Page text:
of drug-driving - where drivers are prepared to travel under the
influence of either illicit drugs or prescribed medications - is
Many drugs will affect a driver's ability to drive safely. This
is not just illegal drugs, but some prescribed drugs can
So far, only small-scale surveys have been carried out, but
these suggest that:
- 18% of driver or rider fatalities had some form of illegal drug
in their system
- 6% of driver or rider fatalities had some form of prescribed
drug in their system.
This means that 24% of fatal crashes could involve drug-driving,
compared to around 16% for drink driving.
Testing for drug drivers
Many drug impaired drivers believe they are immune from
detection by the Police. They think there isn't a roadside test,
like the breathalyser, for drink driving, but there is.
Kent Police now use field impairment tests if they think a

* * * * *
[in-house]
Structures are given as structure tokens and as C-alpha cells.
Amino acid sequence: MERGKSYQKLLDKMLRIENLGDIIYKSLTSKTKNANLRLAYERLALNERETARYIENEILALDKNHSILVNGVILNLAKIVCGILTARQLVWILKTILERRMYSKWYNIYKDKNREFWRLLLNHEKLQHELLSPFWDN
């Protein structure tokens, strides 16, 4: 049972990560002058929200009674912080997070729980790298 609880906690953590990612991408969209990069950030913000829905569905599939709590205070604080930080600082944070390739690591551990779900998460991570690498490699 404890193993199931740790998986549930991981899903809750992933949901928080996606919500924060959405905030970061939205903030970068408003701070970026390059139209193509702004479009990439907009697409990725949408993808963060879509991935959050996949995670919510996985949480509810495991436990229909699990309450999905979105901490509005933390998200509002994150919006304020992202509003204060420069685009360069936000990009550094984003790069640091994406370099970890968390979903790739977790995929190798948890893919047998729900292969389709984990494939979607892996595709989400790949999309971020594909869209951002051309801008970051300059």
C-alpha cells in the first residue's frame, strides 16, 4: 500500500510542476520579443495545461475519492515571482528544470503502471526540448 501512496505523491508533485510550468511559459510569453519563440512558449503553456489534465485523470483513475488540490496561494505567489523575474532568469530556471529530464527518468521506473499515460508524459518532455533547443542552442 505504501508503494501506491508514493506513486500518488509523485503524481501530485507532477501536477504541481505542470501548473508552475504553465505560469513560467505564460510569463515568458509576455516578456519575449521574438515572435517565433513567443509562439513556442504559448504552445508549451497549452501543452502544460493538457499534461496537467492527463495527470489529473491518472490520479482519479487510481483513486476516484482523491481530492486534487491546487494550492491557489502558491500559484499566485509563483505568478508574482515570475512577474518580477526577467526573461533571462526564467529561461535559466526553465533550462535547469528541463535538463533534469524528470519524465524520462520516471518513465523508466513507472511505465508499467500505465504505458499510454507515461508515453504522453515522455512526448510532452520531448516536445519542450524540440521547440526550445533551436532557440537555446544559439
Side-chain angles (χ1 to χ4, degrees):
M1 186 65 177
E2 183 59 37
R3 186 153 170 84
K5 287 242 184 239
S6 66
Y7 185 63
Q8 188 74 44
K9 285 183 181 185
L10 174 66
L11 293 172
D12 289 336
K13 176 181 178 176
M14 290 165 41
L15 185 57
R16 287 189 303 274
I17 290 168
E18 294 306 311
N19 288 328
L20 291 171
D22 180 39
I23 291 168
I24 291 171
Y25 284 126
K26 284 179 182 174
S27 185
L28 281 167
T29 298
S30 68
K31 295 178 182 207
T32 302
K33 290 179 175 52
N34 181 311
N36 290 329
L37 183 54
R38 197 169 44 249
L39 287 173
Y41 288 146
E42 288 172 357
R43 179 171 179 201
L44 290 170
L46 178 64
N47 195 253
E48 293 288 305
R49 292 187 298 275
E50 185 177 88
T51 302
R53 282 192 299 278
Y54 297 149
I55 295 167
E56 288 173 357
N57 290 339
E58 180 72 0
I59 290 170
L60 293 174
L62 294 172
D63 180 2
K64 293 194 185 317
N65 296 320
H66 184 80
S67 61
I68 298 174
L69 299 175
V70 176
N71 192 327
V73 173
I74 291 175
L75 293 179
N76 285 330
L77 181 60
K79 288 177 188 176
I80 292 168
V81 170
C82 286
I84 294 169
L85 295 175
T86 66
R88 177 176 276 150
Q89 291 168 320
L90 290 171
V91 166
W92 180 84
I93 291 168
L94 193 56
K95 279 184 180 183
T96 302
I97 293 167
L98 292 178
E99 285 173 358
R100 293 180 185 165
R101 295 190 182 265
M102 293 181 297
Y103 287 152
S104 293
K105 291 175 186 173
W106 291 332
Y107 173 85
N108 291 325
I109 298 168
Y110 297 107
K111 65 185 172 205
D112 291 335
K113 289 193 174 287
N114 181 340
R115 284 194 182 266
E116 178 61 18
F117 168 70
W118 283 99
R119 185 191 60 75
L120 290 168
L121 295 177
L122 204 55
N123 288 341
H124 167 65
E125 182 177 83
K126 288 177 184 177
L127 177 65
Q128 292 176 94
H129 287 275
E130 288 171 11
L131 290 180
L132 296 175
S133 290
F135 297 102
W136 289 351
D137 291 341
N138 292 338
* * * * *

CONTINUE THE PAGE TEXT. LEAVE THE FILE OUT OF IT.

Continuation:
driver's ability is affected by a drug. The evidence they gain from
the field impairment tests could be enough for a driver to be
A range of specifically devised tests check co-ordination,
balance and understanding. Most tests ask the driver to perform
simple tasks, like standing on one leg and walking a straight
line. There are also tests that check the dilation of pupils
in the eye to help identify any potential impairment.
The tests allow a police officer to accurately see what type of
drug, if any, has been taken. The results could mean the driver is
arrested and taken to a police station. A blood test would then be
made to confirm what type of drug is in the driver's system.
Any illegal drug will affect an individual's state of mind. It
will reduce their ability to concentrate, generally make their
reactions slower and make them take risks they would not normally
take, just like alcohol.
Drivers also need to be aware that legally prescribed
medications can affect driving ability, even cough medicines and
cold and flu remedies.
Some medication causes drowsiness. You may feel fine before you
start driving, but once in a stuffy, warm car, you could very
easily feel tired and begin to lose your concentration.
Always read the label, and discuss the possible effects on
driving with your doctor or GP.
What do we do to tackle this problem?
We discuss these issues on the young driver courses that we provide in
secondary schools. We also promote and support local and national
campaigns, like Talk to Frank.